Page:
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Eastern Sierra

After spending a couple of days in Eureka Valley Sand Dunes, I was looking for something interesting in the area of Owens Valley for the last day and a half. I ended up getting a taste of Alamaba Hills, enjoying lenticular clouds the eastern Sierra is famous for, reminiscing in Laws Railroad Museum, and getting a workout on a trail up North Fork of Big Pine Creek.


Gallery of my favorite photos

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Owens Valley is a place of great views, be it the surrounding mountains towering 10,000 ft above it, or lenticular clouds whipped up by winds as they cross the Sierra on the west side of the valley. Last but not least, the valley floor itself is home to many scenic spots, including beautiful cottonwood trees.

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Alabama Hills

I drove by Alabama Hills, located just outside of Lone Pine on both sides of the road to Whitney Portal, more than once, most recently on my trip up Mt. Whitney, but never took time to stop and explore. The time of day - a late afternoon - and the weather - heavy clouds, snow above the Sierra, and blastng westerly gusts of wind - were not exactly inviting to explore. So I just walked the Mobius Arch Loop a couple of times, taking in the rock formations and the lenticular clouds above.

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Painted rock Whitney Portal Road Mobius Arch in BW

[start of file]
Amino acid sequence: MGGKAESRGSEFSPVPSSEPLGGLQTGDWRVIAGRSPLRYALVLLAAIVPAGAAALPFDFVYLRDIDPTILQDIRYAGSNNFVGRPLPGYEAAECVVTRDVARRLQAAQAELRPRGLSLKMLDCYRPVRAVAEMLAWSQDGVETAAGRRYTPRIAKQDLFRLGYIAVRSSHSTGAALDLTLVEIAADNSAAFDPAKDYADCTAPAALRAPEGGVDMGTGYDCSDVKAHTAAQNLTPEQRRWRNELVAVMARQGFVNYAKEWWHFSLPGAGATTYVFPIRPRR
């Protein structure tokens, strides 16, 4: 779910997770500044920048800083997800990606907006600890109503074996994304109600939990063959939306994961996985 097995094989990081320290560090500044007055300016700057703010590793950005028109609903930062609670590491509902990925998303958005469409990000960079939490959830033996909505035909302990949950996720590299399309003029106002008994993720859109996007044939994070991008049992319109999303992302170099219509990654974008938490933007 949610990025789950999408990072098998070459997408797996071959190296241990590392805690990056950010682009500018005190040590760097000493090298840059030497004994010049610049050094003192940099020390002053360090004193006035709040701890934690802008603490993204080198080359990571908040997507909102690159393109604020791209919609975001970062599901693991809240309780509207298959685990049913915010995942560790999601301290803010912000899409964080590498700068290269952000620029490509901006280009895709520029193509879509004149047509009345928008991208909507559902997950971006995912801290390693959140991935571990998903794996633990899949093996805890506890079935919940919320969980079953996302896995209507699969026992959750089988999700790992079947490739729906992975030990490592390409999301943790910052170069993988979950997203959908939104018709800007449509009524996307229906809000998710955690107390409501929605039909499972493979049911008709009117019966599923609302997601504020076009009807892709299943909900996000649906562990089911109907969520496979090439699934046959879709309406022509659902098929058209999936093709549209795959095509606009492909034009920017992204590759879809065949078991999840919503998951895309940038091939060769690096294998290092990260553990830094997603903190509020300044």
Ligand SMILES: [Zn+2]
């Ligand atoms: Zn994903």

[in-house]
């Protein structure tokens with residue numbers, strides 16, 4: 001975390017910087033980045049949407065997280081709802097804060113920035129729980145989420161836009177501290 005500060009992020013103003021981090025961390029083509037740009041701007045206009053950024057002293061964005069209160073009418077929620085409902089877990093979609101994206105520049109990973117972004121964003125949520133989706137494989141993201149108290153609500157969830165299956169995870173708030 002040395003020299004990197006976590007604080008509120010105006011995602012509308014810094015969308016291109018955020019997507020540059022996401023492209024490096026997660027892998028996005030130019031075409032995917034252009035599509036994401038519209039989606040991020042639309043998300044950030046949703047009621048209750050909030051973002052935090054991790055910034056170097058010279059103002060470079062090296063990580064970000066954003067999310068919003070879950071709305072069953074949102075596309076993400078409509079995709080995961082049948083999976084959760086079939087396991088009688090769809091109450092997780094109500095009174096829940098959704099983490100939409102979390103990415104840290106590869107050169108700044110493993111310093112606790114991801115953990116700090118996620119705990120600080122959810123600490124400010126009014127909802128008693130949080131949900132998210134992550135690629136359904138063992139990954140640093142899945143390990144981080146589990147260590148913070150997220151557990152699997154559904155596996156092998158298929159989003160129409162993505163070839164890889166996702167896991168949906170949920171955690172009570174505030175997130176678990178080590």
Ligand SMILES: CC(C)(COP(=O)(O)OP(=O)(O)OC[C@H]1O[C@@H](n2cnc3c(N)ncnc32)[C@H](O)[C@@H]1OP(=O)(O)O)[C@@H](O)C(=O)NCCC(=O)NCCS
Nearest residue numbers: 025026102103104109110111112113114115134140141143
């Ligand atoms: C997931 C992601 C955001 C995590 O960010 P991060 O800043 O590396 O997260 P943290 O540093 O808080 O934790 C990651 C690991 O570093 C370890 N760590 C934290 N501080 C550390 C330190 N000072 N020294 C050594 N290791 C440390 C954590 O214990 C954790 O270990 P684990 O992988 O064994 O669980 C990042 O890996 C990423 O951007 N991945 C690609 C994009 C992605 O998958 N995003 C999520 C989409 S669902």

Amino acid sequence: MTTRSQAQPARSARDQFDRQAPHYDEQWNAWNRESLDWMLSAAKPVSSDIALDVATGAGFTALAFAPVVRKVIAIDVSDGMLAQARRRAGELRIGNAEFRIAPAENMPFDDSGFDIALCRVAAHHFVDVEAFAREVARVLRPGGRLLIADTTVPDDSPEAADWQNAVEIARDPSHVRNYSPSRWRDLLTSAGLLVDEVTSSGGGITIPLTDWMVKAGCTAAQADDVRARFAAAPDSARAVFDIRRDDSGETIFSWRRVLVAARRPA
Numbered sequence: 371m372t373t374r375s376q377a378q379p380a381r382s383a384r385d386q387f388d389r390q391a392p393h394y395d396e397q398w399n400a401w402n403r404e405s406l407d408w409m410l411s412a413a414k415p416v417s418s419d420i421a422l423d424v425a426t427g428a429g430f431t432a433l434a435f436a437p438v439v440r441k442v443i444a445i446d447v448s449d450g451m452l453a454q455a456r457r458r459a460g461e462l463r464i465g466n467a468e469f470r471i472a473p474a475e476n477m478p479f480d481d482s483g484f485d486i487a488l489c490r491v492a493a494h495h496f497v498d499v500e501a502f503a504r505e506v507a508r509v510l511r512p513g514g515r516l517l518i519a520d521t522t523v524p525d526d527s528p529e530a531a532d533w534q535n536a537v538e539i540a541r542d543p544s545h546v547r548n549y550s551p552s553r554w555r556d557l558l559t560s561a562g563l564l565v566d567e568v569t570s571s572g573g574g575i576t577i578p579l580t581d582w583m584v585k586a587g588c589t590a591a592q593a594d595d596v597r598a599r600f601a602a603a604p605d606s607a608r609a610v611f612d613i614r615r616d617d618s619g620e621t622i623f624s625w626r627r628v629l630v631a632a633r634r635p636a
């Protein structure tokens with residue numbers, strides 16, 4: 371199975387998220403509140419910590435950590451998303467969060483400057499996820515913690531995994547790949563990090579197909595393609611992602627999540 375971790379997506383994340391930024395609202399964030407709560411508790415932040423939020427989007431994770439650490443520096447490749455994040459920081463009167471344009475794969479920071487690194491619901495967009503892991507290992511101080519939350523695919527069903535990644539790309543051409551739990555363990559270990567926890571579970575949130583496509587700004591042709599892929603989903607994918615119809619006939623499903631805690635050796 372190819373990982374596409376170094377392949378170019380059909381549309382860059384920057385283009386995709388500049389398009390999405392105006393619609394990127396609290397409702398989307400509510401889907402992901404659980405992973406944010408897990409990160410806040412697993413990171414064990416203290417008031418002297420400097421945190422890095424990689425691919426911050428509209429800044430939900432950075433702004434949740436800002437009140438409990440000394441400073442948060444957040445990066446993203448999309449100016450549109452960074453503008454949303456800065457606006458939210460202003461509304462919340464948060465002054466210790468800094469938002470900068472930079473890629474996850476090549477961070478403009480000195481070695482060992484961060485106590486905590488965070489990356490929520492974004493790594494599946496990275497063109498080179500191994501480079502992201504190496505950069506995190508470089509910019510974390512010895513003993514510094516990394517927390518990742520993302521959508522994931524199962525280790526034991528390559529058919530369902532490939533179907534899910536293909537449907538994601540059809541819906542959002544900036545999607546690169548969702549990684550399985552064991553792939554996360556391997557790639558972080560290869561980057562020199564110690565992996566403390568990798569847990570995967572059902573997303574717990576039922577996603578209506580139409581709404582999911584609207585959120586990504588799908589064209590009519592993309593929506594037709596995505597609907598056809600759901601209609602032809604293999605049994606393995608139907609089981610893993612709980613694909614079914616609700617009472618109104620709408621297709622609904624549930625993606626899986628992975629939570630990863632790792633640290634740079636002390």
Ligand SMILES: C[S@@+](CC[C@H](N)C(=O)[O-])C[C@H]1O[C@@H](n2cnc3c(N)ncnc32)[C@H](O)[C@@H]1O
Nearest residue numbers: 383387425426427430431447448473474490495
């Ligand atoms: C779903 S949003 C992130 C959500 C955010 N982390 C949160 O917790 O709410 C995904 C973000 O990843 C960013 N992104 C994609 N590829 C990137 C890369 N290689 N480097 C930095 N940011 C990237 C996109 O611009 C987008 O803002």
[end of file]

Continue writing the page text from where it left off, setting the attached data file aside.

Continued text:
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Tourists for scale
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Mazda on vacation Heart in the desert
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Sunset Mobius Arch


Laws

Laws Railroad Museum features a collection that goes way beyond just railroad artifacts that my children used to be fond of years ago during my first two visits. The museum gives a glimpse of what life was like in the years after the area was settled, and the admission fee is voluntary.

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North Fork of Big Pine Creek

I spent the night before in a Bishop motel looking for an easy way to get to a higher terrain in the Sierra in order to play in the snow a bit. There are not many access points in summer, and still fewer in winter, or rather most of them are closed below the trailheads such as the Rock Creek Area, or Lake Sabrina. One area drew my attention because it was mentioned to me by a hiker I met last year on my hike to Ruby Lake as their next destination. Big Pine Road was open and after visiting Laws Railroad Museum, it came to a choice between starting driving home and seeing what is up there, I did not hesitate long. When I saw the snow at the end of the road at the Big Pine Trailhead, I could not resist and headed up. The higher mountains were shrouded in the clouds and snow, and as I made my way up the trail along the North Fork of Big Pine Creek, the snow showers grew thicker. I turned around two hours later, at 9,900 ft having acended some 2,100 ft, and just short of First Lake when it became clear I could not see anything upon reaching the lake and could have a hard time finding the trail back in the accummulating snow. Next time...

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Big Pine Road Big Pine Creek Thumb South Fork valley South Fork valley Lone pine tree
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John Muir Wilderness Trail up Temple Crag Snow
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Stream windows Brothers Look back up Lone pine tree Aliens love snow


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Last updated: February 20, 2017
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